How Might We Measure What’s Most Meaningful?

We live in a society that has refined its measurement of economic activity to an extreme degree. Indeed, many of the measures...

We live in a society that has refined its measurement of economic activity to an extreme degree. Indeed, many of the measures that we rely on are simply not understandable to the majority of us and instead we rely on a priesthood of economists and analysts to tell us whether we are doing okay. As we have found out recently, this approach has dangerous implications when the experts get it wrong. We end up with a highly volatile system where most of us can do no more than react to the latest news. This takes away any chance we have of thinking long term or adjusting our behavior in a purposeful way.

We run the same risks as we seek to measure innovation, particularly social innovation. It would be all too easy to create arcane measures that theoretically produce an accurate picture of the state of things at the cost of making information opaque and unusable. In innovation we have learned that rapid feedback cycles are important when it comes to successful experimentation. That is what prototypes are for and a good prototype is one where we can quickly discern how successfully it is meeting the design objectives. I would suggest that as we seek to evaluate social innovation we need to find those same rapid feedback loops from which we can learn and adjust our behavior.

What might those be?

In an earlier post, Jocelyn Wyatt responded to the question of how might we put people at the center of evaluation. At the core of her perspective is the idea that we need to build deeper connections to people in order to create and evaluate innovation. One way to interpret this is that the stories themselves are the feedback. Another way to think about it is that the stories are indicative of a capacity and behavior. A team that can tell lots of stories about how an innovation affected intended users is a team that clearly is spending lots of time with users. It is this behavior that is valuable as much as the specific outcome of the innovation or project. I believe that innovators who spend much of their time in the field understanding the lives of users will, inevitably, create better innovations. In the same way, teams that prototype more rapidly learn about the short comings of their ideas faster and develop successful solutions all the more quickly.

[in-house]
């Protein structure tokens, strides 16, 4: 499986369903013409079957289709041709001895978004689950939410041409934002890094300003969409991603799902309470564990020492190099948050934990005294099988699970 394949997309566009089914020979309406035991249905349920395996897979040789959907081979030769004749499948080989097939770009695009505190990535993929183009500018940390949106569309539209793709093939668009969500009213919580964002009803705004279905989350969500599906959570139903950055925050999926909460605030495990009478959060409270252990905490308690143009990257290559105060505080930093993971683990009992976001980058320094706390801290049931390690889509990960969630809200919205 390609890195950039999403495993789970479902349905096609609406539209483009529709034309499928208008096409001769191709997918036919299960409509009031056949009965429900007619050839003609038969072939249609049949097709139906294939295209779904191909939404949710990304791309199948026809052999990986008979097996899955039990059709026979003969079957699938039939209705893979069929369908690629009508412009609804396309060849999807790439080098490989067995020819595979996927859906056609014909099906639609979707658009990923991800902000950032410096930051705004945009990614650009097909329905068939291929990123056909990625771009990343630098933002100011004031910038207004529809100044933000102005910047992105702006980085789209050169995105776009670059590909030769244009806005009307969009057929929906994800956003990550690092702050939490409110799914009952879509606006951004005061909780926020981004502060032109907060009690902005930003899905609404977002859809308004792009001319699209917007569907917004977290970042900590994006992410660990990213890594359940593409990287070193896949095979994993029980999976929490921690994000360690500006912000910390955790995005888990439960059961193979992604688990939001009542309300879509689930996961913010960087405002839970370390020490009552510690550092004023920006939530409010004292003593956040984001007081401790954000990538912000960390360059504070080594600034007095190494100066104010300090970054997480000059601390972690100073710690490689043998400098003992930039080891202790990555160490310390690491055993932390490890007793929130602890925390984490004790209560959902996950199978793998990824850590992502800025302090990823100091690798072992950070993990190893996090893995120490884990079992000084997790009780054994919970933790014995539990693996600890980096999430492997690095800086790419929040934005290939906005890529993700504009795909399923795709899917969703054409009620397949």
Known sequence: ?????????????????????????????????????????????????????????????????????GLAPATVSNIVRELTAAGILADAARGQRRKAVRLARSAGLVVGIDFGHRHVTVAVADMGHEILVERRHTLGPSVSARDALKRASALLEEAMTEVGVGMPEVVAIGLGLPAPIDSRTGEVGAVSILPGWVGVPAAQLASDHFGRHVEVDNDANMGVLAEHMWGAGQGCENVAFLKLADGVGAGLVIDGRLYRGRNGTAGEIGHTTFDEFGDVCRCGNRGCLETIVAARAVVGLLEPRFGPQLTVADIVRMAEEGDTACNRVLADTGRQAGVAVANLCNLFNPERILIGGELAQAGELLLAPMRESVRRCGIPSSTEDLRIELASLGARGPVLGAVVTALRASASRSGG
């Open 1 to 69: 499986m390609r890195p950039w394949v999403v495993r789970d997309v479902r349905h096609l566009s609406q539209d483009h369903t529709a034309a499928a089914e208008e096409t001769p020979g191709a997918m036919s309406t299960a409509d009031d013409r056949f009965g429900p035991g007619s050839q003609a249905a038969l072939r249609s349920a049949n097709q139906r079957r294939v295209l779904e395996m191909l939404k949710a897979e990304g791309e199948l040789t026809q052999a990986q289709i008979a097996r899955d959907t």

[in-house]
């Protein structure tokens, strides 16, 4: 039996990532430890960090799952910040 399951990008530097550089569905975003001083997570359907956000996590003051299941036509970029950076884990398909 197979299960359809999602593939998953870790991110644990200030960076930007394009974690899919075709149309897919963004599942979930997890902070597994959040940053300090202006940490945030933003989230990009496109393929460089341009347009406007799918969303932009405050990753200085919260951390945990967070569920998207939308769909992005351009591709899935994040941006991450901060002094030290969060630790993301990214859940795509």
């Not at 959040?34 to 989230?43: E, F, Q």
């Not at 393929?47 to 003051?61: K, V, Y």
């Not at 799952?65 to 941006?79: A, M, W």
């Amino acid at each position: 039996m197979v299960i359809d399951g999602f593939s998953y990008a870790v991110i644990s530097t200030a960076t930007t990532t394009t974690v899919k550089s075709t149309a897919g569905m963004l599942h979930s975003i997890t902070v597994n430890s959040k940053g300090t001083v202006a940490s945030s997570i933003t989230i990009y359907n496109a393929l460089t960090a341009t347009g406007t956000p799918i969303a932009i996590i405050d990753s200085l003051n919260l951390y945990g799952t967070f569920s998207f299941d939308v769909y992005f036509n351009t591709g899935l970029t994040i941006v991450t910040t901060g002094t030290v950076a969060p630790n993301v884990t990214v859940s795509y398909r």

When it comes to innovation, I believe that the right behaviors lead to the most valuable outcomes. Let's identify those behaviors and develop methods of evaluation that encourage them rather than spending too much of our energy on creating measures and reports that only the experts can understand.

Some questions for further discussion:

  • How might we use stories to assess the impact of an innovation?

  • What approaches would solicit honest feedback from users about new

  • What are simple measures we can gather by spending time in the field with

  • How might we use a human-centered perspective to help communicate impact?

Tim Brown is the CEO of IDEO.

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